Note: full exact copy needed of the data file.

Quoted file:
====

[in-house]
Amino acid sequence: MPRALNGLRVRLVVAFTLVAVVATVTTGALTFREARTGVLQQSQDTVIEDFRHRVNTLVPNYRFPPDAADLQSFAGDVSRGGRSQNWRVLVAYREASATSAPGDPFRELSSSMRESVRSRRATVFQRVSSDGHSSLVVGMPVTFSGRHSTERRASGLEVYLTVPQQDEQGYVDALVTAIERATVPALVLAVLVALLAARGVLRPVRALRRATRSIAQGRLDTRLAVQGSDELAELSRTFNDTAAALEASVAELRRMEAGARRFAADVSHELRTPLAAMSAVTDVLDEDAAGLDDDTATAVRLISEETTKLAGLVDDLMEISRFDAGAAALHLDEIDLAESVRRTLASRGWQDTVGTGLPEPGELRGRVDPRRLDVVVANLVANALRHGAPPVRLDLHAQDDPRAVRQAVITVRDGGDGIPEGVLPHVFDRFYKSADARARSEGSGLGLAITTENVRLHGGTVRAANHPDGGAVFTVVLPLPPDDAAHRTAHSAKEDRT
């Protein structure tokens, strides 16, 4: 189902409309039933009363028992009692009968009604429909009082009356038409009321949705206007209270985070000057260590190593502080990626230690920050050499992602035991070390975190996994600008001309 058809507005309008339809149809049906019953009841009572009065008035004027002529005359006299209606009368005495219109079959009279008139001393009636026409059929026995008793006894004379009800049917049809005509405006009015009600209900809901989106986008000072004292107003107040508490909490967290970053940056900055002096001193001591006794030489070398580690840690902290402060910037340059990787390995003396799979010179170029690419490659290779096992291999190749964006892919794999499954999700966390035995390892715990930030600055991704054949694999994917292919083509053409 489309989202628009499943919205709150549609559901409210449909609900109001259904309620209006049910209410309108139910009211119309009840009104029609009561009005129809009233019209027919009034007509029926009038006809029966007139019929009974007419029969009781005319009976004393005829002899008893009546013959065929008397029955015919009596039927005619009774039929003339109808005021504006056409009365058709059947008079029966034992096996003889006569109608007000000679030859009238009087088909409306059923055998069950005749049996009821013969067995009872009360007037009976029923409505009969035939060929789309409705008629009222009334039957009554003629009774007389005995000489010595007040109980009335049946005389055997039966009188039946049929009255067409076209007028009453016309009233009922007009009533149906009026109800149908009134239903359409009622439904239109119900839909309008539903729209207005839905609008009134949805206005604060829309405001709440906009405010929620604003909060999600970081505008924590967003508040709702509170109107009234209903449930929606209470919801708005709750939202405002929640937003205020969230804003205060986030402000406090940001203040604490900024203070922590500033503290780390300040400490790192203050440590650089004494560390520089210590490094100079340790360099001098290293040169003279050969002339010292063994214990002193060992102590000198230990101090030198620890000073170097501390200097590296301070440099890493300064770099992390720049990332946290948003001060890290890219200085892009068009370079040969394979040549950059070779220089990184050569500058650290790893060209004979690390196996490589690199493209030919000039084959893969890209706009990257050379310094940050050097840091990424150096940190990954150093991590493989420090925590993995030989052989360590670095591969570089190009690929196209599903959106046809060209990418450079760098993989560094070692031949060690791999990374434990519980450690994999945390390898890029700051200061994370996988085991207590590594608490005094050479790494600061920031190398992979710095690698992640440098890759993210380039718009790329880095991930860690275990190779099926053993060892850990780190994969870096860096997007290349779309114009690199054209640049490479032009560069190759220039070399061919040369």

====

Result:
[in-house]
Amino acid sequence: MPRALNGLRVRLVVAFTLVAVVATVTTGALTFREARTGVLQQSQDTVIEDFRHRVNTLVPNYRFPPDAADLQSFAGDVSRGGRSQNWRVLVAYREASATSAPGDPFRELSSSMRESVRSRRATVFQRVSSDGHSSLVVGMPVTFSGRHSTERRASGLEVYLTVPQQDEQGYVDALVTAIERATVPALVLAVLVALLAARGVLRPVRALRRATRSIAQGRLDTRLAVQGSDELAELSRTFNDTAAALEASVAELRRMEAGARRFAADVSHELRTPLAAMSAVTDVLDEDAAGLDDDTATAVRLISEETTKLAGLVDDLMEISRFDAGAAALHLDEIDLAESVRRTLASRGWQDTVGTGLPEPGELRGRVDPRRLDVVVANLVANALRHGAPPVRLDLHAQDDPRAVRQAVITVRDGGDGIPEGVLPHVFDRFYKSADARARSEGSGLGLAITTENVRLHGGTVRAANHPDGGAVFTVVLPLPPDDAAHRTAHSAKEDRT
């Protein structure tokens, strides 16, 4: 189902409309039933009363028992009692009968009604429909009082009356038409009321949705206007209270985070000057260590190593502080990626230690920050050499992602035991070390975190996994600008001309 058809507005309008339809149809049906019953009841009572009065008035004027002529005359006299209606009368005495219109079959009279008139001393009636026409059929026995008793006894004379009800049917049809005509405006009015009600209900809901989106986008000072004292107003107040508490909490967290970053940056900055002096001193001591006794030489070398580690840690902290402060910037340059990787390995003396799979010179170029690419490659290779096992291999190749964006892919794999499954999700966390035995390892715990930030600055991704054949694999994917292919083509053409 489309989202628009499943919205709150549609559901409210449909609900109001259904309620209006049910209410309108139910009211119309009840009104029609009561009005129809009233019209027919009034007509029926009038006809029966007139019929009974007419029969009781005319009976004393005829002899008893009546013959065929008397029955015919009596039927005619009774039929003339109808005021504006056409009365058709059947008079029966034992096996003889006569109608007000000679030859009238009087088909409306059923055998069950005749049996009821013969067995009872009360007037009976029923409505009969035939060929789309409705008629009222009334039957009554003629009774007389005995000489010595007040109980009335049946005389055997039966009188039946049929009255067409076209007028009453016309009233009922007009009533149906009026109800149908009134239903359409009622439904239109119900839909309008539903729209207005839905609008009134949805206005604060829309405001709440906009405010929620604003909060999600970081505008924590967003508040709702509170109107009234209903449930929606209470919801708005709750939202405002929640937003205020969230804003205060986030402000406090940001203040604490900024203070922590500033503290780390300040400490790192203050440590650089004494560390520089210590490094100079340790360099001098290293040169003279050969002339010292063994214990002193060992102590000198230990101090030198620890000073170097501390200097590296301070440099890493300064770099992390720049990332946290948003001060890290890219200085892009068009370079040969394979040549950059070779220089990184050569500058650290790893060209004979690390196996490589690199493209030919000039084959893969890209706009990257050379310094940050050097840091990424150096940190990954150093991590493989420090925590993995030989052989360590670095591969570089190009690929196209599903959106046809060209990418450079760098993989560094070692031949060690791999990374434990519980450690994999945390390898890029700051200061994370996988085991207590590594608490005094050479790494600061920031190398992979710095690698992640440098890759993210380039718009790329880095991930860690275990190779099926053993060892850990780190994969870096860096997007290349779309114009690199054209640049490479032009560069190759220039070399061919040369």